Another Use For the Yield Curve

Tom McClellan – McClellan Market Report

Last week, I looked at the yield curve as modeled by the spread between the 1-year and 10-year yields on Treasury Notes.  That’s not the entirety of all maturities on the entire curve, but it does give us a simple graphical representation of what the slope of the yield curve looks like.  The two main points of that article were that an inverted yield curve is always bad for the stock market and for the economy, and also to note that just because the yield curve is not inverted, that does not necessarily mean that the stock market is immune to having trouble.

This week’s chart gives us a good insight as to why that is.  For this week’s chart above, I have flipped around the yield spread plot so that we are looking at the 10-year yield minus the 1-year, whereas last week I showed it as the 1-year minus the 10-year.  The result is the same, just upside down.

One other adjustment in this week’s chart is that I have shifted forward that yield spread by 22 months to reveal that the movements of the DJIA seem to follow in the footsteps of this yield spread model.  It is not a perfect fit, just a really good one.

We can see at the left end of the chart that the 1987 peak and crash followed similar movements 22 months earlier in this yield spread.  And the 1990 bear market came on schedule, helped along by Saddam Hussein deciding to invade Kuwait that year.  Later in the 1990s, the relationship got a little bit off track, as the Internet bubble caused stock prices to be skewed higher than was modeled by yields.  But the end of the Internet bubble in 2000 was followed by stock prices working hard to get back on track with what this model showed.

We saw a similar skew during the next bubble, which was in real estate prices during the mid-2000s.  That bubble once again caused the stock market to remain aloft longer than it should have, but then to correct extra hard during 2008 in order to get back on track.  The rise up from the 2009 bottom has been right on schedule according to this 22-month leading indication.

10-1 Treasury yield spread shifted forward 22 months


There are a couple of points about monetary policy which jump out from the realization that the stock market works this way.  The first is that there is a big lag between when the Fed first starts cutting short term rates, and when that move finally has an effect on the stock market.  It is similar to how the release of water from a dam takes some time before water levels rise downstream.

The second point is that the Fed’s current efforts to buy up longer term Treasury and mortgage debt in an effort to stimulate the economy is a misguided policy.  What the Fed is doing is artificially suppressing longer term rates, thereby flattening the yield curve and pushing down this spread.  That’s not what helps the stock market go up, and thus it is not what helps the economy improve.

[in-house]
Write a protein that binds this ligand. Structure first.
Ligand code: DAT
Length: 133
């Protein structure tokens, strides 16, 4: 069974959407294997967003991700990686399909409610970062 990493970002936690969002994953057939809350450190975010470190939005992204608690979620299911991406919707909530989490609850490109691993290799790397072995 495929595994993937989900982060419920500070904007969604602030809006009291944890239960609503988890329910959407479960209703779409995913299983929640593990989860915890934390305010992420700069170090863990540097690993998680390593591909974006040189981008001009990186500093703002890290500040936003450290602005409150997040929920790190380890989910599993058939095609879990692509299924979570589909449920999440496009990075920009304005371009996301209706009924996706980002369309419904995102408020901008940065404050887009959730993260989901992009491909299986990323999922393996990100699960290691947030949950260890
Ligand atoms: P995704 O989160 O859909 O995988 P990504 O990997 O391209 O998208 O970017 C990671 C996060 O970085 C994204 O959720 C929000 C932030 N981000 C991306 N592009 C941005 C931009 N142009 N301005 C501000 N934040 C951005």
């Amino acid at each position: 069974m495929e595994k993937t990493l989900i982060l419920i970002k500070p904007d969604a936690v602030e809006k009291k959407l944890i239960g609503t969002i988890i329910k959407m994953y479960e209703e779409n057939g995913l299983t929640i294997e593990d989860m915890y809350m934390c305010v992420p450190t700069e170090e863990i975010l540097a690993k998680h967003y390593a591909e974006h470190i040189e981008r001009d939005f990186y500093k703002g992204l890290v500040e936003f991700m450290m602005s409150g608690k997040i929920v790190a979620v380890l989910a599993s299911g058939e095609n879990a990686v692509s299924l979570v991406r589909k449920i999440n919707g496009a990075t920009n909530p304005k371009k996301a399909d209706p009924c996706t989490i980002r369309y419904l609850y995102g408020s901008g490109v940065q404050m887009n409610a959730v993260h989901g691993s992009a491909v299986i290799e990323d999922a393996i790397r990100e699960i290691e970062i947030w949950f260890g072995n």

This next chart takes a longer look at this relationship, looking all the way back to 1955:

10-1 Treasury yield spread, 22 months forward, since 1955

The fascinating point which jumps out from this longer look is that the lead-lag relationship has changed over the decades.  For the current time frame, I needed a 22-month forward offset to get the patterns to line up.  But you can see that the further back in time we go, the more that this 22-month offset seems to be too much.  Back in the 1950s and 1960s, a forward offset of about 12 months worked better.  For some reason, the lag time of interest rate changes having their effect on the stock market has been lengthening.

I am at a loss to provide an econometric reason as to what has changed in the economy to explain such a lengthening.  One would think that with the easier ways we have now to move money around and take advantage of opportunities, that cycles would shrink.  It certainly works that way with fluid flows, like my river analogy above.  If you switch to a lower viscosity fluid, it will flow faster and more readily.  So reducing the viscosity of money should make for shorter lags instead of longer ones, if my thinking is correct.  But the chart shows that my reasoning is not correct in terms of the stock market’s response to interest rate changes.  I’m okay with that, and can just follow what the chart says instead of what my mind thinks it should do.

Looking ahead, the flattening of the yield curve during the past 2 years (thanks, Dr. Bernanke!) means that stock prices will be under downward pressure.


Related Charts

Dec 20, 2012small chart
Steep Yield Curve Does Not Offer Complete Immunity
Oct 12, 2012small chart
40-year Cycle In DJIA
Jun 29, 2012small chart
Interest Rate Models Call For Lower Dollar

Chart In Focus Archive


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McClellan Financial